Your browser is no longer supported

For the best possible experience using our website we recommend you upgrade to a newer version or another browser.

Your browser appears to have cookies disabled. For the best experience of this website, please enable cookies in your browser

We'll assume we have your consent to use cookies, for example so you won't need to log in each time you visit our site.
Learn more

Additional Blackfriars rib arches installed

New rib arches have been delivered and installed at Blackfriars Bridge in London, which will be renovated and widened as part of the £5.5bn Thameslink upgrade.

Three new rib arches have been delivered to the site, which will be transformed into the first station to span the Thames in time for the 2012 Olympic Games, over the past four weeks.

Each arch weighs some 45t in three sections. Each section takes a day to install, as installation requires careful consideration of the Thames tidal flow, river traffic, and wind.

The new rib arches will allow Blackfriars Bridge to be widened on the eastern side before the bridge deck is replaced - a £19M operation which requires the bridge superstructure to be replaced above the existing wrought iron arch ribs.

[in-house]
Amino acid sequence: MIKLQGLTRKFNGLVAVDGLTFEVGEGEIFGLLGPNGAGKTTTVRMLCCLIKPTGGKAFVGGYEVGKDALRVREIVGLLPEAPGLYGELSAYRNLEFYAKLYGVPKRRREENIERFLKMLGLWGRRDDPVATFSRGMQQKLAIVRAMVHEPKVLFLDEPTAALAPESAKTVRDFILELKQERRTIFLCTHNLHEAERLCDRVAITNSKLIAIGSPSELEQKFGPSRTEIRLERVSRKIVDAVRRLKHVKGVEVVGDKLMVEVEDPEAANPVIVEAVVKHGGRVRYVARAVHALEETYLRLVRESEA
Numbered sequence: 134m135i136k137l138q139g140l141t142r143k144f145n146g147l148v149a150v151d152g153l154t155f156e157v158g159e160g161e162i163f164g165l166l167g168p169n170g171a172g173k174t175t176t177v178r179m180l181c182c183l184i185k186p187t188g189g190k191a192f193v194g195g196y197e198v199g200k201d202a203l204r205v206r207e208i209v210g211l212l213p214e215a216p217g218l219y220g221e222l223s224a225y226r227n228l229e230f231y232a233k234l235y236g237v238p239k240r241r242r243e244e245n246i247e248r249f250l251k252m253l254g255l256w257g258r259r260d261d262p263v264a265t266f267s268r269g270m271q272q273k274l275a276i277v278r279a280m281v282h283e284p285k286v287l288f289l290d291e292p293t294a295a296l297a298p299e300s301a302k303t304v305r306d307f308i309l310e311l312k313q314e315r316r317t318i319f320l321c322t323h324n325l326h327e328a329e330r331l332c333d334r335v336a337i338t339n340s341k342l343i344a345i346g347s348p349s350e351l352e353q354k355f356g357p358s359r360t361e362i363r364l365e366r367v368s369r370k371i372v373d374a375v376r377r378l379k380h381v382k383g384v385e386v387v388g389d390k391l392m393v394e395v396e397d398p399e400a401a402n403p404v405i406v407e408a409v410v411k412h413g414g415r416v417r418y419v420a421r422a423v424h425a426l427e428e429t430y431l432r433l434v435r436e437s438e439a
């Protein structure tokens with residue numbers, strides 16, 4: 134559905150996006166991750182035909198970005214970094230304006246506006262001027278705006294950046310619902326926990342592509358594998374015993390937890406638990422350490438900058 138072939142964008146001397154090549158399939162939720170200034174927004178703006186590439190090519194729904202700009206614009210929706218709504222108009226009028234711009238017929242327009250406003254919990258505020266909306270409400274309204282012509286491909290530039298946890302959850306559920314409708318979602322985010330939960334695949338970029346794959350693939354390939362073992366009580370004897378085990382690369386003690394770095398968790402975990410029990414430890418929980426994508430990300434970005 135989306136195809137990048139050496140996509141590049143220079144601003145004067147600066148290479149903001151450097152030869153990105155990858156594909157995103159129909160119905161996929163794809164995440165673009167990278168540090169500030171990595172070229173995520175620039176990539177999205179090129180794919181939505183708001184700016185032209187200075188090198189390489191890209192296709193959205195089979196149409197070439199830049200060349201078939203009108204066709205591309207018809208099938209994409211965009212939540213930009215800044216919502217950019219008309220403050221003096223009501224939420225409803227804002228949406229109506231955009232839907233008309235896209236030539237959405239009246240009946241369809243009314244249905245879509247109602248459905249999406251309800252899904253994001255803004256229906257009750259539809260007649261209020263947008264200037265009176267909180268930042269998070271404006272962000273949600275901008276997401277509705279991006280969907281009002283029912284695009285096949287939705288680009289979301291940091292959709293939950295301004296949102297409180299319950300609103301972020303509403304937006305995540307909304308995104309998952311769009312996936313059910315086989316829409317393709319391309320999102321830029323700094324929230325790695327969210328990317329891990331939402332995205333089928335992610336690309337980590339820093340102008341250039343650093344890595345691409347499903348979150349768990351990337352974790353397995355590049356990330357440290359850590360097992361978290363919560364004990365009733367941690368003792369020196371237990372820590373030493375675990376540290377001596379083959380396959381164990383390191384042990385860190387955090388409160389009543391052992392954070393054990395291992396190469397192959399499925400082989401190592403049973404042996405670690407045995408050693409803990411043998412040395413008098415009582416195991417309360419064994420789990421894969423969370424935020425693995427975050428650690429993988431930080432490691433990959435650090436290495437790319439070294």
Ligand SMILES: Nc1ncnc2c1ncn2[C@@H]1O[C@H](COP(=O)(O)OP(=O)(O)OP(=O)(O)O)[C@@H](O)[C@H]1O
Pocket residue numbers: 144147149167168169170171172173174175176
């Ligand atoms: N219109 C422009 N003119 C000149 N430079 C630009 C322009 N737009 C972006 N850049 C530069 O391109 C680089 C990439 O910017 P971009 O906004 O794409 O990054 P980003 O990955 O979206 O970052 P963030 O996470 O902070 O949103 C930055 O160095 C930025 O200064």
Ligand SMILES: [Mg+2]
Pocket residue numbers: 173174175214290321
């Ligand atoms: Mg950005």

Network Rail’s project director for the Blackfriars redevelopment, Lindsay Vamplew, said: “As a milestone in the life of the Blackfriar’s project, the installation of the new rib arches was an extremely important one as it further opens up the job.

“The work undertaken was British engineering at its very best, considering the wide range of challenges the teams at Network Rail and Balfour Beatty had to contend with. To our knowledge this is the very first time this type of work has taken place using a floating platform. We are pleased with this result and the strong progress the project is making,” he said.

Have your say

You must sign in to make a comment

Please remember that the submission of any material is governed by our Terms and Conditions and by submitting material you confirm your agreement to these Terms and Conditions. Please note comments made online may also be published in the print edition of New Civil Engineer. Links may be included in your comments but HTML is not permitted.